In allen Wipfeln
    Spurest du
    Kaum einen Hauch;
    Die Vogelein schweigen im Wald
    Warte nur, balde
    Ruhest du auch.

    Which is beautifully rendered by R.W. Longfellow:

    O'er all the hill-tops
    Is quiet now
    In all the tree-tops
    Hearest thou
    Hardly a breath;
    The birds are asleep in the trees:
    Wait, soon like these
    Thou, too, shalt rest.

    I am much more fond, however, of the oeuvres of Rilke and Holderlin. I don't know if this is simply because Goethe has not been as well served by translators... or if his manner or style is merely something which does not translate well... at least on the scale of the lyric poem.

    Beyond these works I would greatly recommend Goethe's Italian Jouney. This journal or travelog is beautifully written and has been very well translated into English by Auden.
    Beware of the man with just one book. -Ovid
    The man who doesn't read good books has no advantage over the man who can't read them.- Mark Twain
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  5. #20
    semper eadem
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    I's quite amazing how many people still read Goethe, and they are not even German or have to attend German schools!!! I've read all of the Fausts of course, Werther, Wahlverwandtschaften, Wilhem Meister, Egmont, Tasso, Iphigenie and a few more which I don't remember. Faust I was excellent and I still can recite the Osterspaziergang (outing at Eastern - or so) but which ex-school kid in Germany cannot? Faust I is not only full of insight and theatrical claptrap (which makes it so enjoyable) but it is also witty. I never cared for Gretchen, but this may just be my personal taste. I've never seen her as the innocent she is supposed to be but rather as a naive and quite coquettish gal (Bin weder Jungfrau, noch bin ich schön, kann ungeleit' nach Hause gehn). The best character is clearly Mephisto the great deceiver.
    Anyways, Goethe's poems are truly sublime. Although the Erlkönig or the Heidenröslein are the most famous ones (Heidenröslein is something like a folk song in Germany) they may not be the best. If you can, find "Mignon" (Nur wer die Sehnsucht kennt, weiß was ich leide). There never, in my opinion, was a poem that expresses longing, yearning, loneliness better without being depressive or tired of life. That's the great difference to the earlier Werther which was romantically received at the time and caused a big craze among the educated classes in Germany including some Werther-inspired suicides. I believe they even tried to ban it for that reason.
    It's life, Jim, but not as we know it.

  6. #21
    Registered User ElizabethBennet's Avatar
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    I'm ashamed to say that I haven't read anything by Goethe until now, although I am German originally. Thank you, Stlukesguild, for sharing some of his poetry with us. I mean to start reading Faust and The Sorrows of Young Werther asap, seeing that they've been recommended the most - in German of course. Where can I find more posts on German literature? (I'm still new to this)
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  7. #22
    Artist and Bibliophile stlukesguild's Avatar
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    "Mignon"? Oh yes! I have not forgot about that one. "Kennst du das Land, wo die Zitronen blühn...?" He makes German... which can sound so harsh to non-German ears... sound absolutely ravishing. I agree that "Heidenröslein" is a lovely poem as well... although almost a folksong. Nothing wrong with that, in my book. I think that the folksong nature of Heinrich Heine is what allows him to translate so well. I also love the similar nature in the poems of Robert Burns and William Blake. Some of the other poems I have noted in my translations of Goethe as having been quite good include: "The Bride of Corinth", some of the "Roman Elegies", "The Song of the Spirits over the Waters", the narrative poem: "Explanation of an Old Woodcut Depicting Hans Sachs' Poetic Mission", "Night Song", the short little "Scicilian Song", "To the Full Moon Rising" and the elegie begining:"Was soll ich nun vom Wiedersehen hoffen..."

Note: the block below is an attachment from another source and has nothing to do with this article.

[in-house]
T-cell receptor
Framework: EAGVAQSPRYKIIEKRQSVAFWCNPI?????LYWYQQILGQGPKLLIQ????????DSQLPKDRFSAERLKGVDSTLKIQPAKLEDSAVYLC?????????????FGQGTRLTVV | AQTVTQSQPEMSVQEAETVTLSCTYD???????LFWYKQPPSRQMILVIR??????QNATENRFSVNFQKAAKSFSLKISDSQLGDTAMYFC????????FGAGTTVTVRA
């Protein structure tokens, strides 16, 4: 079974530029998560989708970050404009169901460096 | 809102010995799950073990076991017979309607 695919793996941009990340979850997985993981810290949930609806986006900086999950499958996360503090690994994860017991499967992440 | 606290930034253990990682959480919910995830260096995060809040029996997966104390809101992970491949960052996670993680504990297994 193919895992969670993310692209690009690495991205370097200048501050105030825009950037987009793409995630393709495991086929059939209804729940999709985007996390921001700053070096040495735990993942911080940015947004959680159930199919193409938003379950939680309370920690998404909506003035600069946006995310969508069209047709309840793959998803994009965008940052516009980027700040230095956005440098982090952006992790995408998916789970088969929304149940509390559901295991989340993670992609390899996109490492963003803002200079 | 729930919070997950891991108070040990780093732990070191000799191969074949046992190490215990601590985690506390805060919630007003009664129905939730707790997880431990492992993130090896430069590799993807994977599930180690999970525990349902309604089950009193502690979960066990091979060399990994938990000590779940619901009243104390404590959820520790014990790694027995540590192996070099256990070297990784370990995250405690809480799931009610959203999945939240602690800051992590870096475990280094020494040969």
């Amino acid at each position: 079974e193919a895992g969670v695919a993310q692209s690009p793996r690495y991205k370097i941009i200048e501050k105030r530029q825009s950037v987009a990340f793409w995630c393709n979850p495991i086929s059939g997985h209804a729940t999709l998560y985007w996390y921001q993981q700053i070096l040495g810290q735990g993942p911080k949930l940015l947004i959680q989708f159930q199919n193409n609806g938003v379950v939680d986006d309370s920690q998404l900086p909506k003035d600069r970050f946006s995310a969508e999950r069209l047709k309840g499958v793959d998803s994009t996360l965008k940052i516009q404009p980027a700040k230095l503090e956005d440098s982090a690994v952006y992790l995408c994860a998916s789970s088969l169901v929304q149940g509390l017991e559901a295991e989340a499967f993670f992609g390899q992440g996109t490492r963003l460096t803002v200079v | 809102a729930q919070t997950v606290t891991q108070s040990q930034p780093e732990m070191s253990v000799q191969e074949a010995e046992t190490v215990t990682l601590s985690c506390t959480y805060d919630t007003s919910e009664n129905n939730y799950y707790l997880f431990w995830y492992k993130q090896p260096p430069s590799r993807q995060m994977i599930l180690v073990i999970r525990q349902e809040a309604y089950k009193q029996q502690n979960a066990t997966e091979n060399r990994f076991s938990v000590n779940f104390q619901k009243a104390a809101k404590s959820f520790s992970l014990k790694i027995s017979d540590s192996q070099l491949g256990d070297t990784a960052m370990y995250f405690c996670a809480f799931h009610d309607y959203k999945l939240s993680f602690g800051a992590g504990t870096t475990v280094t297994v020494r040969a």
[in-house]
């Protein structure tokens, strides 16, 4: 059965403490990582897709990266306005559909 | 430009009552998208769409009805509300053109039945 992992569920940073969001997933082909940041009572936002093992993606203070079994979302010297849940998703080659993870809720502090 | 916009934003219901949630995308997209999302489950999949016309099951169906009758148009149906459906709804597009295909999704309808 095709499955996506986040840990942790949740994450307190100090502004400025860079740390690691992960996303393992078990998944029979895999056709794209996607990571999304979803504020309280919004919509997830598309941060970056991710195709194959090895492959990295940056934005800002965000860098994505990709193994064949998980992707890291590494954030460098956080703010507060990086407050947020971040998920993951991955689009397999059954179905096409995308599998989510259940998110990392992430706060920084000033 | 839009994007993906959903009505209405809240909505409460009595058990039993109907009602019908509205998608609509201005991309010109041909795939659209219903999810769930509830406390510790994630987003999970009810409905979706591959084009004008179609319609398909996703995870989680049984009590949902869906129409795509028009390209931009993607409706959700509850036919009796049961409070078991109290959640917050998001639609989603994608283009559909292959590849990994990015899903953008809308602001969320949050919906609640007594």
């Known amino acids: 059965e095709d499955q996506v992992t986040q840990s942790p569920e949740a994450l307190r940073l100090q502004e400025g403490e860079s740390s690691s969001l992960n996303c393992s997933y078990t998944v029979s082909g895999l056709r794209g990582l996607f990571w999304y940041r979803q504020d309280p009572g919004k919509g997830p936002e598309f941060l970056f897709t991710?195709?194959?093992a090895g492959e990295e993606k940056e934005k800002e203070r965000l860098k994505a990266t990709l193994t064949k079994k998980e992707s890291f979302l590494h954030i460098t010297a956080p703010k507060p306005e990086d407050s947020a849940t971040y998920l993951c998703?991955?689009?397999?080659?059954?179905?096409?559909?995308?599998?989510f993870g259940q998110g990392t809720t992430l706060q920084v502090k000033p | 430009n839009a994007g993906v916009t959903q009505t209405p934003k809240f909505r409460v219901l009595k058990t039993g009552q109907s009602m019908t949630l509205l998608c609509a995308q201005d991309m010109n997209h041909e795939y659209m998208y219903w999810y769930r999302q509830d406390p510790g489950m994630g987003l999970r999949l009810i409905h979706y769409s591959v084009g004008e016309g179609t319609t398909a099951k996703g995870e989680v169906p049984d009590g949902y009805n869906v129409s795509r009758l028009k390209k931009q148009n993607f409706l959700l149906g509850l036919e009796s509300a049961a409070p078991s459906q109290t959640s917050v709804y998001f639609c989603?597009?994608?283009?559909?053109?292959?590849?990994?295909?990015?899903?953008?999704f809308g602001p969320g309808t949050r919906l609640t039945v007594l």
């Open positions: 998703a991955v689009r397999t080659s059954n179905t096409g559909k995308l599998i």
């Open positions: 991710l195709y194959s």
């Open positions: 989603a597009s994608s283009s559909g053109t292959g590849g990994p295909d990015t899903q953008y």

I don't know if there are other posts on German literature here. You might check under the individual authors to see who's listed. Schiller, Novalis, Heinrich Heine, Rilke, Paul Celan, Hugo Hoffmansthal, Bertholt Brecht, Thomas Mann, Hermann Hesse, Gunter Grass, Friederich Durrenmatt, Kafka, Holderlin... all should be listed... but I doubt they all are.
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    The man who doesn't read good books has no advantage over the man who can't read them.- Mark Twain
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  8. #23
    semper eadem
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    Stlukesguild, you are always so comforting. What strikes me about the Heidenröslein is how easily understandable it is, that it can touch people of any age. I always sing it to my daughters (now just 5 and 6) and the older one asked me if it means that the boy does not want to marry the rose/girl now that he has kissed her. (of course when you are 6 kissing means that you have to marry). They love that song and another one (no one knows who made it but its from Westfalia) "Es waren zwei Königskinder" a lot. I also remember that my mum sung them to me when I was small. Unfortunately, people have stopped doing this and our children know more about Italian folk songs than about our own. (the kindergartens teach now on an European level, at least ours does). Literature and an experience thereof need such tools as songs sung or stories orally told (like the Grimm Brother's fairytales or the Nibelungenlied, which I read to them in modern and medieval German). Goethe ( and Schiller and Heine) are such good ones because they provided literature that is enjoyable to the many (here you can see that all true perfection lies in simplicity), that could find a way into every flat or house or nursery room. However, you have to leave your door open so that it can come in. I am afraid we have forgotten how to do this.